We have laws on the books to protect you if you help someone during an emergency and something goes wrong. But what about laws that make it a crime if you don't help in the first place. Earlier this year, teens in Central Florida recorded disturbing video of a man drowning. The teens didn’t help the man. Instead, they recorded the incident and made fun of him. The teens who took the video may not face any charges.
Have you ever heard a nurse or doctor say they dread working in the ER during this time? Is it really any busier than any other night in the Emergency Room? We took that question to Dr. Ferdinand Richards, who has been working in Tampa General's ER since 1986. "If you ask most medical professionals they will tell you that on full moons things are busier and more extreme,” said Dr. Richards. According to doctors, nurses, and researchers this topic has been talked about and debated for decades.
ST PETERSBURG, Fla. - Every year there are 4,400 unidentified persons cases in the United States. Investigators work hard to close each one, but for families with missing loved ones, it's a very difficult road to navigate. That's where a system called NamUs comes into play. It's a searchable database where descriptions of unidentified or missing persons are entered by medical examiners and law enforcement agencies across the country.
Muck Rack makes it simple to find people, tweets, or articles that mention any name, keyword, company, hashtag etc. We've compiled this guide to help you make the most of your search.
Selecting a term
Start searching tweets, articles from media outlets, articles mentioned in tweets, journalists'
names, titles and bios with some suggested searches:
Companies or Topics (e.g. iPhone, Microsoft)
Phrases (e.g. "cloud computing") — use quotes to keep the terms together
Twitter handles (e.g. @username) — returns those who have mentioned or replied to
Names (e.g. "David Pogue")
Hashtags (e.g. #sxsw, #london2012)
Bio details (e.g. vegan, Olympics, father)
Muck Rack's Advanced Search allows for many boolean operators.
Find results that mention multiple specified terms, use AND or
+. For example, ensure each result contains both Elon Musk and Mark Zuckerberg by
searching Musk AND Zuckerberg or Musk + Zuckerberg.
Use the operators OR or , to broaden your search when you'd like either of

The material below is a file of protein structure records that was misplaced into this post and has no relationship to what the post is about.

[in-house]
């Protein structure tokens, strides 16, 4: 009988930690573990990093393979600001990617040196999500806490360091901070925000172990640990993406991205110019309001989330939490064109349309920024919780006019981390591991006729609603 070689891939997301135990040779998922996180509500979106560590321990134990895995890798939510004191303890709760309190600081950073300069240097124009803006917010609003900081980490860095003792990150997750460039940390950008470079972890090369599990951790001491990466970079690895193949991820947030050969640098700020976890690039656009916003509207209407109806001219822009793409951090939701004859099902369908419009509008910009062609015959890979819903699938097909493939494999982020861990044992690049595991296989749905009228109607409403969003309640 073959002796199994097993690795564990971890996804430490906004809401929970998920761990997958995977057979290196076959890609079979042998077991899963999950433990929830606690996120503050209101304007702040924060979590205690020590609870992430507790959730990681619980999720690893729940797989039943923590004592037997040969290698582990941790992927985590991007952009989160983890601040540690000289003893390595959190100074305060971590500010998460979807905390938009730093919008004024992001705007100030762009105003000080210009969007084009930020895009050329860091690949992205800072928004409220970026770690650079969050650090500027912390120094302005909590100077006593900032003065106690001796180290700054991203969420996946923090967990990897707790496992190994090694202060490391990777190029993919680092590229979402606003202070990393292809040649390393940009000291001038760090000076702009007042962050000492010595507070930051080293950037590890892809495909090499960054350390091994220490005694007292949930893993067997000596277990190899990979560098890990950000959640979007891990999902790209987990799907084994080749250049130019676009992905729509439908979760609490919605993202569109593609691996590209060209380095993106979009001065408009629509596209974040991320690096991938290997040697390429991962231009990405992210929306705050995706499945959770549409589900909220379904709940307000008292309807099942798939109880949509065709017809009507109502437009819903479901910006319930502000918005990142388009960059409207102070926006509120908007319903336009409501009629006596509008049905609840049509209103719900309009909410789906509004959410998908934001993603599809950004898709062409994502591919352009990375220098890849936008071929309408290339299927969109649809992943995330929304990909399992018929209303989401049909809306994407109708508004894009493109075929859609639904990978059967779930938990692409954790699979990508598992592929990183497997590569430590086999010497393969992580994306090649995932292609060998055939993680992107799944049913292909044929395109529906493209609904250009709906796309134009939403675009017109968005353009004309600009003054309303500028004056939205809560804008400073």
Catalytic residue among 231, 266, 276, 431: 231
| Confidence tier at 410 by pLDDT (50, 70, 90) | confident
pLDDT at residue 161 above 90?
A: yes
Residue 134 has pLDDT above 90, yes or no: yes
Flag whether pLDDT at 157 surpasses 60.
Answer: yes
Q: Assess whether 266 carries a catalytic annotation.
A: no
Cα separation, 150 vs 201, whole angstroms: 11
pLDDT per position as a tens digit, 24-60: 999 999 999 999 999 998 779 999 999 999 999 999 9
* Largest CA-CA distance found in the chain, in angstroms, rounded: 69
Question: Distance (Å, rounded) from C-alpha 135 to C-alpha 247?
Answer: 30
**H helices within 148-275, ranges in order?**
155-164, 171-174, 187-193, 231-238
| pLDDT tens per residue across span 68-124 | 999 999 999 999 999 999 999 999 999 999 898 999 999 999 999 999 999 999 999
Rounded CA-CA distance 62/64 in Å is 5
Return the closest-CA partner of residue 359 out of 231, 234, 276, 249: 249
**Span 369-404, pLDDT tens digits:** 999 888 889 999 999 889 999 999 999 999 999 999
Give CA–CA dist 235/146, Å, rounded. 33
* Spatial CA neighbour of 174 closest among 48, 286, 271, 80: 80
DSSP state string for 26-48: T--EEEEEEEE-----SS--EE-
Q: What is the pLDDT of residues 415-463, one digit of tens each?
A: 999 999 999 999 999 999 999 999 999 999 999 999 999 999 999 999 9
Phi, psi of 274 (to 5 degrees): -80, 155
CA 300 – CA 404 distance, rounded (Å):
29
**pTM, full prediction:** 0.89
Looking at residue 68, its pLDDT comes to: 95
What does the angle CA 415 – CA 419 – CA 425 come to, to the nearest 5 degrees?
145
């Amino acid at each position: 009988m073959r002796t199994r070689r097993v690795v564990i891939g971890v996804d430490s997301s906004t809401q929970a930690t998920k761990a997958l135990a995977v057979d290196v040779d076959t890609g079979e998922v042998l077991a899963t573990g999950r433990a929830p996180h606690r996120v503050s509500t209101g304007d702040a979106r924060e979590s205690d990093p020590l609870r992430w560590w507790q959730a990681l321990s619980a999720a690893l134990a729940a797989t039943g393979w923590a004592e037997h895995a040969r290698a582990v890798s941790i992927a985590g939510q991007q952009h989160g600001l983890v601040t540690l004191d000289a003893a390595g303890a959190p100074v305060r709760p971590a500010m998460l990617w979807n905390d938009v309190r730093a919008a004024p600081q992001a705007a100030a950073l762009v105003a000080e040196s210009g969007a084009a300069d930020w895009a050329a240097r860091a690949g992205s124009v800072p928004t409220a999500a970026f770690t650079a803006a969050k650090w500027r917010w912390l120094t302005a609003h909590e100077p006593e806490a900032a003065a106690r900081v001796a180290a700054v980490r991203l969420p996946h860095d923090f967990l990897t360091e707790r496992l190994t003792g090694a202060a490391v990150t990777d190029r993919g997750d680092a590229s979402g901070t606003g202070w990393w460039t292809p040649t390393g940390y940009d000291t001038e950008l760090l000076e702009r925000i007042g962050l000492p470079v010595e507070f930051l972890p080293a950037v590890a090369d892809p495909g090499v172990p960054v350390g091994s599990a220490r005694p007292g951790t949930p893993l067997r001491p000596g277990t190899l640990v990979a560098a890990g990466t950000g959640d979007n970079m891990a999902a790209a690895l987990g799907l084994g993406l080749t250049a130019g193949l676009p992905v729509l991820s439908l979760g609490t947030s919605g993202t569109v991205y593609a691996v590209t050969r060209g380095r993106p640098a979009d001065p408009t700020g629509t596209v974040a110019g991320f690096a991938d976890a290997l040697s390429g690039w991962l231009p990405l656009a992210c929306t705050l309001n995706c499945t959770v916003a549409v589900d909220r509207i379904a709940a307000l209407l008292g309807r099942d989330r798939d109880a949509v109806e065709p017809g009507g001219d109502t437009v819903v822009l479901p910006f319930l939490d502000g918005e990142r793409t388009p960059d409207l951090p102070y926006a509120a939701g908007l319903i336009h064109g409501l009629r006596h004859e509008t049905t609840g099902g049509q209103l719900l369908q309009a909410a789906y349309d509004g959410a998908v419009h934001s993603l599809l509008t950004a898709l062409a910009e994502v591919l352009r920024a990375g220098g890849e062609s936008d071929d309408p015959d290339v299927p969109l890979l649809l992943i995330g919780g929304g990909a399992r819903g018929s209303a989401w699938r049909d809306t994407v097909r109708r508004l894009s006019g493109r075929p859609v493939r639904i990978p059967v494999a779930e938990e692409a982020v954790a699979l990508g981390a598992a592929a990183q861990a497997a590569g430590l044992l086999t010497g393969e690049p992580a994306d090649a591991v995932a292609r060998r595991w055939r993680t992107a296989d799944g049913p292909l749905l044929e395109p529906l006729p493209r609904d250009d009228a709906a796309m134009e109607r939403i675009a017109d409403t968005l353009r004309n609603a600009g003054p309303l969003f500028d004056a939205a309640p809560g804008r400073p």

multiple terms to appear in results. (This is the default behavior of our search when no operators
are used). For example, results will contain either cake or cookie by searching cake OR cookie or cake,cookie
Use NOT or - to subtract results from your search. For
example, searching Disney will yield results about the Walt Disney Company as well as Walt Disney
World Resort. To exclude mentions of Disney World, search for Disney -World or Disney
When using one of these operators with a phrase, enclose it in quotation marks. For example, you can
find results about smartphones excluding Apple's iPhone 4S by searching smartphone -"iPhone
Exact case matching or punctuation
If you're searching for a brand name or keyword that relies on specific punctuation marks or capitalization, you can
find results that match your exact query by adding matchcase: before the keyword you're searching for, like matchcase:E*TRADE .
Use parentheses to separate multiple
boolean phrases. For example, to find journalists talking about having fun in Disney World or
Disneyland, search for ("disney world" OR disneyland) AND fun.
An asterisk can be used to search for any variation of a root word truncated by the asterisk. For example, searching for admin* will return results for administrator, administration, administer, administered, etc.
A near operator is an AND operator where you can control the distance between the words. You can vary the distance the near operation uses by adding a forward slash and number (between 0-99) such as strawberries NEAR/10 "whipped cream", which means the strawberries must exist within 10 words of "whipped cream".